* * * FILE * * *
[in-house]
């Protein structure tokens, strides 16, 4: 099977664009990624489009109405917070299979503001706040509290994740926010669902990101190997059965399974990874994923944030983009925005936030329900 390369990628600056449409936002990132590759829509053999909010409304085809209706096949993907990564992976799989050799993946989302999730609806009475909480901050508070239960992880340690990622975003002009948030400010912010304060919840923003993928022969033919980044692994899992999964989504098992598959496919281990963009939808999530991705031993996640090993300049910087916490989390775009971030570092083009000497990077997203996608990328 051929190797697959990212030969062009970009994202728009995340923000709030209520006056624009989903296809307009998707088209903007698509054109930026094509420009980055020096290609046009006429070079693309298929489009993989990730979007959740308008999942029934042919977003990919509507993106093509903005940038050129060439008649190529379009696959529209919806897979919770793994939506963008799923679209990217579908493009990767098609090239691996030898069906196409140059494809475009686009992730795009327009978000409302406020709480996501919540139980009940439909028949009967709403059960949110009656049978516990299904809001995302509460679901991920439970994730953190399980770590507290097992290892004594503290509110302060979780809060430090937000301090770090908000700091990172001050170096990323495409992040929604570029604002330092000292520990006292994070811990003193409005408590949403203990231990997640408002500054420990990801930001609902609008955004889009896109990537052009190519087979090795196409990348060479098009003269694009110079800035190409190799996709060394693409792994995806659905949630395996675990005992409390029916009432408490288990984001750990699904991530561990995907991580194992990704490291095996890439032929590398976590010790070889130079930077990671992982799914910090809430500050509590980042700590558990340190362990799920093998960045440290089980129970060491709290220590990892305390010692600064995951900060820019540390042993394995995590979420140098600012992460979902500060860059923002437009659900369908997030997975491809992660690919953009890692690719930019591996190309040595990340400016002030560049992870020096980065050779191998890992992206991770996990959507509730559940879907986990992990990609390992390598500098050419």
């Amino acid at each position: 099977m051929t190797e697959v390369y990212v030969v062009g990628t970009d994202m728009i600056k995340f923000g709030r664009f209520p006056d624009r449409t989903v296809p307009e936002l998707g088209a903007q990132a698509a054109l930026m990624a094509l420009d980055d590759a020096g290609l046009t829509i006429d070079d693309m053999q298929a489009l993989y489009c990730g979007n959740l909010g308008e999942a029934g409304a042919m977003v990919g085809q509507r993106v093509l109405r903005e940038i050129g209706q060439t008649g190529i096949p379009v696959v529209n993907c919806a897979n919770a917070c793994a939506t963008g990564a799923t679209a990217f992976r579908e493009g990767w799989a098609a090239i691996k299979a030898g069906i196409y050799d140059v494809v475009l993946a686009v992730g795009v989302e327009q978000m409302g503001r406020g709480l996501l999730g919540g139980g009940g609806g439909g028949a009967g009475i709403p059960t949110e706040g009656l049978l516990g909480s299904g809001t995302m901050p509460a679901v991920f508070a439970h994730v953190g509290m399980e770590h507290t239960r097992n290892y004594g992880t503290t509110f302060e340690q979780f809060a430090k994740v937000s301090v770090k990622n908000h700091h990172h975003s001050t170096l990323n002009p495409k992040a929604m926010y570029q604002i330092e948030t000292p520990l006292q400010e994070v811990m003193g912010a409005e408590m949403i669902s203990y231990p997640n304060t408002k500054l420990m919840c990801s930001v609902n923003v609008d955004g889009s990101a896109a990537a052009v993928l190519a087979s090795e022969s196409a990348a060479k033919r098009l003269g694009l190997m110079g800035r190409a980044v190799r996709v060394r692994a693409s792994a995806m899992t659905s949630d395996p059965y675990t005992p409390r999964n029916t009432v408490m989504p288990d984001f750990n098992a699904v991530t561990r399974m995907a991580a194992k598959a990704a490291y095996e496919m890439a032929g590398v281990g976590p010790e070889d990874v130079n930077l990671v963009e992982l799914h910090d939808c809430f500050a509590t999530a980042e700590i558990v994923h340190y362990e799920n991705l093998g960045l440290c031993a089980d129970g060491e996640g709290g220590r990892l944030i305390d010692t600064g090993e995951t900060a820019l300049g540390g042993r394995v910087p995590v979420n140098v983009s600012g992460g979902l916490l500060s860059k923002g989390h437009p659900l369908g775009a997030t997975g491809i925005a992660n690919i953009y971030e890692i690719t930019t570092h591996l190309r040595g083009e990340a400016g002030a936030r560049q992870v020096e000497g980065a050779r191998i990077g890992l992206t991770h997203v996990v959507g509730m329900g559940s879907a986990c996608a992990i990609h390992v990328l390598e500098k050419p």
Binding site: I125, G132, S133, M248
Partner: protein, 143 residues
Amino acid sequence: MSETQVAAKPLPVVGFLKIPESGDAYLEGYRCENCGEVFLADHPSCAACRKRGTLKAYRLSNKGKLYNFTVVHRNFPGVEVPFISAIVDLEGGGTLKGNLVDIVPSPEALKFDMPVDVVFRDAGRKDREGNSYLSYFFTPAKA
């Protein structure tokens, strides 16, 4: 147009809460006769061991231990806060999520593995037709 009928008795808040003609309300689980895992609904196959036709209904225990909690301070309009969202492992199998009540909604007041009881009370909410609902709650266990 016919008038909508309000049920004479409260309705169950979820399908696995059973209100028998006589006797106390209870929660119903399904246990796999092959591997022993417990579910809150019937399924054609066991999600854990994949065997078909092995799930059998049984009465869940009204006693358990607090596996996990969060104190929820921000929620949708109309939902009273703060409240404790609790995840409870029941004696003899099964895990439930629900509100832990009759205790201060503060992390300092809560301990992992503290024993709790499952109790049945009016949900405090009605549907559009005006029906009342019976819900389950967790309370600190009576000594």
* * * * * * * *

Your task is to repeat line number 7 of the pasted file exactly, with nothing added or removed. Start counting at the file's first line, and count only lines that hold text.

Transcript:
């Protein structure tokens, strides 16, 4: 147009809460006769061991231990806060999520593995037709 009928008795808040003609309300689980895992609904196959036709209904225990909690301070309009969202492992199998009540909604007041009881009370909410609902709650266990 016919008038909508309000049920004479409260309705169950979820399908696995059973209100028998006589006797106390209870929660119903399904246990796999092959591997022993417990579910809150019937399924054609066991999600854990994949065997078909092995799930059998049984009465869940009204006693358990607090596996996990969060104190929820921000929620949708109309939902009273703060409240404790609790995840409870029941004696003899099964895990439930629900509100832990009759205790201060503060992390300092809560301990992992503290024993709790499952109790049945009016949900405090009605549907559009005006029906009342019976819900389950967790309370600190009576000594």